An hour after my canoeing companion of 12 years had been euthanized, I put my feelings about her life on paper. I wrote up a list of Bailey’s faults and strengths, her crazier character traits and the stunts she pulled during a life that included more than 600 nights out on canoe trips.

I posted my thoughts on my blog that evening and by the end of the next day I had received more than 500 emails of condolences from people who either knew of Bailey or were trippers who also rejoiced in canine company.

I wouldn’t have guessed that so many people knew my dog (or read my blog, for that matter) but I suppose it makes sense, since she has appeared in a dozen books and countless magazine articles.

More surprising was the number of people who wrote about willingly subjecting themselves to the maddening appeal of canoeing with a dog.

Bringing Bailey along on trips was a challenge. I carried her specially designed pack full of kibble and chew toys more then she. She was the first to have breakfast, lunch and dinner. Her sun umbrella strapped to the gunwale and foam cushion glued to the belly of the canoe made portaging difficult. She insisted the bug shelter be put up for her immediately once we reached camp. I lifted her in or out of the canoe at every single put-in and take-out.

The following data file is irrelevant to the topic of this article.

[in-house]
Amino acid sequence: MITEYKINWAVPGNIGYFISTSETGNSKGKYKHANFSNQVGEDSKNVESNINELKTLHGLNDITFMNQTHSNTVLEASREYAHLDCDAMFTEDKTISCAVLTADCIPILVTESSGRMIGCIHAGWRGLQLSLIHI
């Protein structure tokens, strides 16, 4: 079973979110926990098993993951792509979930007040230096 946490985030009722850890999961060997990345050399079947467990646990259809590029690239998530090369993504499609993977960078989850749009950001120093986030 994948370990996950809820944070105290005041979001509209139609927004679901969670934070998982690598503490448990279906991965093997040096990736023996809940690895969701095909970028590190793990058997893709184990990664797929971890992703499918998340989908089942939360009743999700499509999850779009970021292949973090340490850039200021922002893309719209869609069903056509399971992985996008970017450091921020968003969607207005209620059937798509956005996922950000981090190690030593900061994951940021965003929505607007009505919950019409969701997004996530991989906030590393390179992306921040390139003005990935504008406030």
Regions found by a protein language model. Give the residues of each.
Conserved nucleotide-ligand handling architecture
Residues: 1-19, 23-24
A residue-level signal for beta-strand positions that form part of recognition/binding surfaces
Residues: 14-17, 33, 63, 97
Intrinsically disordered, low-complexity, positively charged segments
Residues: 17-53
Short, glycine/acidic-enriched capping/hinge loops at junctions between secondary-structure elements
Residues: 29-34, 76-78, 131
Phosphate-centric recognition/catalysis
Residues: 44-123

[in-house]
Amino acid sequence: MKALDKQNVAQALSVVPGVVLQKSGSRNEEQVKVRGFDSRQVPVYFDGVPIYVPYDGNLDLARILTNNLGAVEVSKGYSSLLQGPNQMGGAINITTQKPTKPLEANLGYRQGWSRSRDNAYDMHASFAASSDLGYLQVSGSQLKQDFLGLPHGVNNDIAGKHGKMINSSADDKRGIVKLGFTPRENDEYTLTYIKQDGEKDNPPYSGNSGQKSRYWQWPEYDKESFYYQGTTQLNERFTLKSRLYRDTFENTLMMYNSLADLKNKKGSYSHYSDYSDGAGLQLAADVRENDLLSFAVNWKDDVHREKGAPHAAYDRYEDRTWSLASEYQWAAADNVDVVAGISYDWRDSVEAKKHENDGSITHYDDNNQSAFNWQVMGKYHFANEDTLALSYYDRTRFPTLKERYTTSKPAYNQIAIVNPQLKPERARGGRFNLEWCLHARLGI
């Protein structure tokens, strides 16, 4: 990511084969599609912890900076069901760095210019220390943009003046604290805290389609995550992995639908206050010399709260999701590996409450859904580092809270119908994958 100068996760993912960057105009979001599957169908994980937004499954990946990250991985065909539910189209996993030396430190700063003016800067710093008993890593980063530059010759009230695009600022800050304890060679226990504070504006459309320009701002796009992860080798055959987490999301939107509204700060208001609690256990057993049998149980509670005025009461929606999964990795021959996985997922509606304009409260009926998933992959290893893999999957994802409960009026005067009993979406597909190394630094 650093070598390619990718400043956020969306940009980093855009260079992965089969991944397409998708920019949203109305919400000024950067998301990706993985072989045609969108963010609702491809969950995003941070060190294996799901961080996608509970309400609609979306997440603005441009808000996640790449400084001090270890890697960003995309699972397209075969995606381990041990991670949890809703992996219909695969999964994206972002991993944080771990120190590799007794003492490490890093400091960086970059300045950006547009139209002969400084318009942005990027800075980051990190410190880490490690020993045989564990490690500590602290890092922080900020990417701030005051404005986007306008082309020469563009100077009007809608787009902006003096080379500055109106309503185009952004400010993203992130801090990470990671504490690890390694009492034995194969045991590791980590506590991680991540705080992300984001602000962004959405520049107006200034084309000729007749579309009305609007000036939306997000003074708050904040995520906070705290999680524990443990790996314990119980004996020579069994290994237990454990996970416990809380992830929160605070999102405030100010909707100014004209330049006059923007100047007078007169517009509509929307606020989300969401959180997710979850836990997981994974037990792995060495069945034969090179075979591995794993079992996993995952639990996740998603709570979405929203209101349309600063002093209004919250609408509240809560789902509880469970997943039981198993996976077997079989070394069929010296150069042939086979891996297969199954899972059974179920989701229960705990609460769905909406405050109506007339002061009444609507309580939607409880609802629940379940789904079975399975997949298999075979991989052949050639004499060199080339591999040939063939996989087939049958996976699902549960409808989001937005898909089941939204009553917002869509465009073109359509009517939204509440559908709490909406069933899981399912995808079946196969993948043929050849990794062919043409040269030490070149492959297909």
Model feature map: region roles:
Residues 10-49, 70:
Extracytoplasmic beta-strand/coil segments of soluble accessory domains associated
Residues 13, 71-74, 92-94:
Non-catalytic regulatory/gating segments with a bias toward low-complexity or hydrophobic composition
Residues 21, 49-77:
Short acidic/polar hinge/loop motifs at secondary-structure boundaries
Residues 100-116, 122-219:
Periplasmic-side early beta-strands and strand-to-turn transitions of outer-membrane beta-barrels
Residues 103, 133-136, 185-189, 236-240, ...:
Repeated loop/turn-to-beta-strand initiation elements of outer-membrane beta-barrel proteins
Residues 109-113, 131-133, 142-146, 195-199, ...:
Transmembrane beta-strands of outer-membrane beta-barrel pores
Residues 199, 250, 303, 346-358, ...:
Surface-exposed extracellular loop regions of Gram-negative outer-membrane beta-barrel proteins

Bailey was chased by skunks, porcupines, a lynx, raccoons, hawks, snakes, swarms of hornets, one nasty chipmunk, and a couple of black bears (some of which followed her right back toward me). She loved rolling in crap. When she was in the canoe she whined to be lifted out and once out she whined to be put in. Every time I hooked into a fish the ever-helpful dog would try to retrieve it for me.

Canine Canoeist | Photo: Kevin Callan
Canine Canoeist | Photo: Kevin Callan

So, why did I, and all those other dog owners, put up with dog paddling? It wasn’t just because by attracting all the bugs she made a good shoofly-pie, or that she could sense a thunderstorm better than any polyester-clad weatherman or that if it weren’t for her ability to sniff out a trail I’d still be on one particularly confusing portage on the Steel River.

I loved tripping with Bailey because she never once left my side. She was a constant companion, no questions asked. My daughter, Kyla, even nicknamed her my shadow. How I miss my shadow. I doubt that canoe tripping will ever be the same without her.

Rest in peace my dear friend.

KEVIN CALLAN won’t comment on rumours that Bailey was named for his favourite drink.

This article appeared in Canoeroots & Family Camping, Early Summer 2009. 

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Kevin Callan is the author of 16 books, including the bestselling, The Happy Camper and Wilderness Pleasures: A Practical Guide to Camping Bliss. He is still presenting across North America and has been a key speaker at all major canoe events. Butt End first appeared in Canoeroots magazine 16 years ago. Kevin lives in Peterborough, Ontario.

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